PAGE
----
The concept of light show might actually be said to have come directly from experimental film. One of the main culprits was structural filmmaker and minimalist musician Tony Conrad, remembered for the film The Flicker (1966) and for his collaboration with the German band Faust on the album Outside the Dream Syndicate (1972), on which repetition extends the sensory rather than confining it. A student of former jazz musician and member of the Fluxus collective, LaMonte Young, Conrad coincided with John Cale at Young’s Theatre of Eternal Music. Those long, unconventionally pitched sonic mantras certainly influenced The Flicker, a sequence of alternating black frames with white that generated optical illusions and epileptic hallucinations.

Yoko Ono was also part of Fluxus. In 1968, she started her cinematographic collaboration with her partner John Lennon in Smile (Film No. Five), where the Beatle is filmed smiling in slow motion, and Two Virgins, with superposed shots of the two. In 1969 came Rape, where the camera follows a young woman around London, and Self-Portrait, 42 minutes of a shot of John’s penis, not to be confused with Erection (1971), about the construction of a building. Another outstanding piece in this collaboration, unequal in Lennon’s conceptual investment and in artistic results, is Fly (1971): the camera follows a fly as it explores a female body. Without leaving the UK, we should mention that Brian Eno composed the soundtrack for Malcolm Le Grice’s canonical film Berlin Horse (1970)—Le Grice cited Ornette Coleman’s free jazz as a visual (!) influence—and Throbbing Gristle put the music to In the Shadow of the Sun (1981), a compilation of Derek Jarman’s Super-8 films from the seventies.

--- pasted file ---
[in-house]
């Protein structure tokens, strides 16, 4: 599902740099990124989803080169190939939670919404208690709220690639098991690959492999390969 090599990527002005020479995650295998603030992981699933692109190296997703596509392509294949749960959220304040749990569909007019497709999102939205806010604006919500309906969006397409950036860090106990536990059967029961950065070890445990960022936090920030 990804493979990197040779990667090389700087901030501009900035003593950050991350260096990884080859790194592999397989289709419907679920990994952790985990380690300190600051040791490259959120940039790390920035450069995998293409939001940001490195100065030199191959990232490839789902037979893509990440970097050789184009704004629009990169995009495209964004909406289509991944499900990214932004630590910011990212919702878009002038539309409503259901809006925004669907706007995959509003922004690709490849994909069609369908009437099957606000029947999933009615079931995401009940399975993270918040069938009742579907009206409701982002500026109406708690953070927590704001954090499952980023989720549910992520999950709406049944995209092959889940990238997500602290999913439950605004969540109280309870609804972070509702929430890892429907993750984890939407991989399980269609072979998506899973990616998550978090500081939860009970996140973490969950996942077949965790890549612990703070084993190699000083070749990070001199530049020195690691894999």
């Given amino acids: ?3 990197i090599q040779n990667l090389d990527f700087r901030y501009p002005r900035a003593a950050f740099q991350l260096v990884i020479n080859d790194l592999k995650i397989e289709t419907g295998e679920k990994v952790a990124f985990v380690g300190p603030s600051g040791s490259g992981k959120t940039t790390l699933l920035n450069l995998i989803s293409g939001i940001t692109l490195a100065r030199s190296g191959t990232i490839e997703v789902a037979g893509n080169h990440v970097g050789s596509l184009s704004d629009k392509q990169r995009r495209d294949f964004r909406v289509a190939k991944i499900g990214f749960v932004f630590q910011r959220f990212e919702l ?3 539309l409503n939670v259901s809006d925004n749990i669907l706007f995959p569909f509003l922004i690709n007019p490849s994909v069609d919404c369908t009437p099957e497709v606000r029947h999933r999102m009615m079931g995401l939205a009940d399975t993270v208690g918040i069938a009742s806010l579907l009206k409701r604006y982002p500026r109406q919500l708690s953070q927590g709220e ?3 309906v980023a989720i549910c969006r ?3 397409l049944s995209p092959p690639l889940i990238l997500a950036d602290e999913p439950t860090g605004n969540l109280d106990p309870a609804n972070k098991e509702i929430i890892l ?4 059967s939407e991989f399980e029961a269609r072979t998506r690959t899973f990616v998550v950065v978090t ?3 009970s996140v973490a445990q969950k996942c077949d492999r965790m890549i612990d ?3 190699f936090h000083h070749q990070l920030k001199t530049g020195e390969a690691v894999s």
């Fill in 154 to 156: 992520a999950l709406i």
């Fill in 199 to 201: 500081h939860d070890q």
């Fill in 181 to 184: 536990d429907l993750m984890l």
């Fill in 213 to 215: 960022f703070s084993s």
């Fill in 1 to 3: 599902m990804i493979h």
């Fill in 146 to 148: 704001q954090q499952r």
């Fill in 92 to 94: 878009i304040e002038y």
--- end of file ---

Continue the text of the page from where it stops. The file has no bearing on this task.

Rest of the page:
As a reaction to their often false postmodernism, the bubbly eighties brought a desire to break with both music and film. One example is the Cinema of Transgression, whose best-known representative is Richard Kern. Author of female portraits with the emphasis on severe naturalness and films that seek—and find—paroxysm, Kern inspired his friends of Sonic Youth—them again—to use his images on album covers and videos, in a similar way to how they appropriated the work of the artist Raymond Pettibon, also known for his video work, to make them universally known thanks to the success of their music in the alternative rock years. The “video album” that went with the LP Goo (1990) included filmed pieces by Tony Oursler, Todd Haynes, Dave Markey and Sophia Coppola, as well as Kern.